Behavior Therapy, or BT, can identify and change negative patterns of behavior in OCD patients. The goals of the program are to suppress their urges, calm their anxiety coming from obsessions, and reduce or totally eliminate rituals, (3) . The two best methods for this approach are through exposure (openly confronting a situation or object that you fear), or response prevention (resisting urges to perform that certain ritual.) In Dr. Schwartz's research, as mentioned above, 12 out of 18 patients responded well to the behavioral therapy, (2) . Because the behavioral therapy (and one's free-will) is able to minimize the OCD symptoms and behaviors for defects in the basal ganglia (on an equal effect as drugs can provide, (1) .) I not only believe that brain equals behavior, but also am convinced that the component of free-will must be located in the brain.
Other theories explaining the cause and neurobiological basis for OCD are made from studying the spectrum disorders that are genetically related to OCD, such as: Tourette's syndrome, Trichotillomania, Body dysmorphic disorder, depression and Autism, (However, there is not yet enough data or information relating these to OCD). Another striking disease related to OCD is strep throat, a link discovered by a team of scientists led by Dr. Susan Swedo at the National Institute of Mental Health (NIMH). These doctors have found a link between group A beta-hemolytic streptococci and OCD. In susceptible children, a strep throat can trigger an autoimmune response affecting the basal ganglia and leading to the symptoms of OCD and tic disorders, (1) . In those children, strep infections, caused by group A streptococcus bacterium, cause antibodies to attack the basal ganglia in the brain, leading to fears of contamination and OCD behaviors. This theory supports the previous one, concerning the link between OCD and problems in the basal ganglia. Thus, again, I am convinced that brain equals behavior and that free-will must be located in a certain unknown region in the brain.
In conclusion, based on the evidence and research I have done on OCD, to me it does seem that the brain equals behavior; for its structure and function control the patients' behaviors, and because free-will (behavioral therapy) can also change the behavior just as well as medication does. Thus, I also now believe that free-will must be an aspect that is a structural component of the brain. However, this concept complicates my argument and creates even more unanswered questions; for, if this is the case, then does this learned behavior (behavioral therapy) actually change our brains, making "behavior equals brain?" In my view, this can just be seen as a play on words, and in most extreme neurobiological cases, the notion that brain equals behavior actually prevails.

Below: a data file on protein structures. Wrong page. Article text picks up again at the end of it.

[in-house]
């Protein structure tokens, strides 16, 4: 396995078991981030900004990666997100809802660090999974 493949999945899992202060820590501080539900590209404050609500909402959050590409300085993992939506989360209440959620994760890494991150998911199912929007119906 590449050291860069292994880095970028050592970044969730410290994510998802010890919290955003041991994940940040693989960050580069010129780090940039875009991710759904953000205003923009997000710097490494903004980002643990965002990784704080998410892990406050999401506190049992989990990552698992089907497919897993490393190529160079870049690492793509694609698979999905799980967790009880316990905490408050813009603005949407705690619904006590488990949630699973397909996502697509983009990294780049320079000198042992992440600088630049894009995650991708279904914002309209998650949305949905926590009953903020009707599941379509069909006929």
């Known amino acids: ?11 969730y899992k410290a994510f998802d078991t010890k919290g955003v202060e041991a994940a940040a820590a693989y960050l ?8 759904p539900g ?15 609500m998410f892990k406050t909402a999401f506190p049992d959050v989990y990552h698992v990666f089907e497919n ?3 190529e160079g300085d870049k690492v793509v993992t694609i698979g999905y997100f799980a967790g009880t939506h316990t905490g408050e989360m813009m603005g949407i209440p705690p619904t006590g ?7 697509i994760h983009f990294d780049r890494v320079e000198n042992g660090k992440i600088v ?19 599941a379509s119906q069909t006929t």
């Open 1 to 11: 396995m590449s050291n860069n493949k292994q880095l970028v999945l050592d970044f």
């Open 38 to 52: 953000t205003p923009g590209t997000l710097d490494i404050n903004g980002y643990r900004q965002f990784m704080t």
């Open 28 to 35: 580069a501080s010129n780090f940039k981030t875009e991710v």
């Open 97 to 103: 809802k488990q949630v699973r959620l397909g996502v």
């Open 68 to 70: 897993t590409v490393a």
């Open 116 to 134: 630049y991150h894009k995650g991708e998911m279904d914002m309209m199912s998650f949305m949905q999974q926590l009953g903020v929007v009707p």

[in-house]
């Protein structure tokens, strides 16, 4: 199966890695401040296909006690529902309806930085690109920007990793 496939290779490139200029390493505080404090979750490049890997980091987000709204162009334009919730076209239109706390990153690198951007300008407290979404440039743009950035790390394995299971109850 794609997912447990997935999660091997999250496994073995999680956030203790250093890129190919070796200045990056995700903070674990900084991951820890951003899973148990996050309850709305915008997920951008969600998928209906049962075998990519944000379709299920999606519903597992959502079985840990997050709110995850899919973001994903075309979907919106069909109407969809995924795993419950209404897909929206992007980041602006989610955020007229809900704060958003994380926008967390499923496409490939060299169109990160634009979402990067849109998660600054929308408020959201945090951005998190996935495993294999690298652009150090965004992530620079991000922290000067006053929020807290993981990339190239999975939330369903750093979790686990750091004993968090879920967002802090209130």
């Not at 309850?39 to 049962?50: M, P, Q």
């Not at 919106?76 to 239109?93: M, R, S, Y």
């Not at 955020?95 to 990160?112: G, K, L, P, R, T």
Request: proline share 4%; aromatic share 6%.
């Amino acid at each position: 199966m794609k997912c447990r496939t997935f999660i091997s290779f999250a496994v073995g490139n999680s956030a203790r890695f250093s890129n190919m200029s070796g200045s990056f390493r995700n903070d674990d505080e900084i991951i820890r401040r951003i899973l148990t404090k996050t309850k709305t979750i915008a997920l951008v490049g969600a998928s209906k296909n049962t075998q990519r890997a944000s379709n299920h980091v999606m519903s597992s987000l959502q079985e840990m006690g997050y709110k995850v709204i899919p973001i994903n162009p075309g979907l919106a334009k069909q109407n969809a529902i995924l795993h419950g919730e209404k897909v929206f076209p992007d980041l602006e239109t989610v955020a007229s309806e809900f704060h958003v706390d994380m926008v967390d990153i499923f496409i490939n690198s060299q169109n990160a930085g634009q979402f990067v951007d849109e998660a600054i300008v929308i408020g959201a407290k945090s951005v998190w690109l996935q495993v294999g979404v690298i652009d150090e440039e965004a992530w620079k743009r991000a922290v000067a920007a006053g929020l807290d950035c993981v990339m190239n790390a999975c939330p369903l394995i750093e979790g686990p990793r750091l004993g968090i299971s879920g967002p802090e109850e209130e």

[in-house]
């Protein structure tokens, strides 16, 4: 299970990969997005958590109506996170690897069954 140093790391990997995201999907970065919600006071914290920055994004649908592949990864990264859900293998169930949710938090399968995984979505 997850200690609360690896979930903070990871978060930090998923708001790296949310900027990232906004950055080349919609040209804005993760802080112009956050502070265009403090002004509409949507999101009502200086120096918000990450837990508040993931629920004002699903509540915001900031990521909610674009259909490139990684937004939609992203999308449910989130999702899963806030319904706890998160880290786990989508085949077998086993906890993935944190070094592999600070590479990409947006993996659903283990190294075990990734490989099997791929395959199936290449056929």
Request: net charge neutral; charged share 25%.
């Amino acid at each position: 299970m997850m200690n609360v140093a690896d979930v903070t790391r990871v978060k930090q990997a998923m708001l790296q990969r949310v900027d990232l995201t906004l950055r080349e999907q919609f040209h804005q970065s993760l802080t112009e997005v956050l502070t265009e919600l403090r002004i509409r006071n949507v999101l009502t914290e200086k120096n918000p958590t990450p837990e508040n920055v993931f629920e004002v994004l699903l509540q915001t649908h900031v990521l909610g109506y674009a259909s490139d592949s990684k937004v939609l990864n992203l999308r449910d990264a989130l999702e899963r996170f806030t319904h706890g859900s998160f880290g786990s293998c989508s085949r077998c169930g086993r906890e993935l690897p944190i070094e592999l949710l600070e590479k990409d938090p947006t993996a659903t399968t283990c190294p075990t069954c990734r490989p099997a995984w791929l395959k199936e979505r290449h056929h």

Overall, this final web paper, among other papers and discussions in the course, has solidified my knowledge of the brain and nervous system. Through each topic that I now research, I am able to integrate the same techniques and questions to come to a more solid understanding behind the cause of the specific disease or problem. Because of this course, I now realize that every abnormality, wiring, pathway, or circuitry in the brain and nervous system affects our behavior in many different ways. And by studying certain diseases such as OCD, I am able to understand what went wrong in the brain, what should happen to keep the body and brain functioning in a "normal" manner, and to what extent medicine/doctors or the patients themselves can play a role in fixing the problem.
I also now comprehend that brains of different people are always going to be different, no matter what. There should be no ideal for attaining the "perfect" brain, and nobody should strive to be a certain way, for each individual needs to find peace and happiness within himself, and because each individual views life and his/her surroundings in a different way. Thus, the human race is a conglomerate of talent, uniqueness, individuality, and difference, and by learning from these differences or "flaws," we learn more about each other and ourselves. As Emily Dickinson truly says it, "The brain is wider than the sky, for put them side by side, the one the other will contain with ease – and you beside."
1) Schackman, Dr. Lynn., and Shelagh Masline. Why Does Everything Have To Be Perfect?: Understanding Obsessive Compulsive Disorder. New York: Dell Publishing, 1999.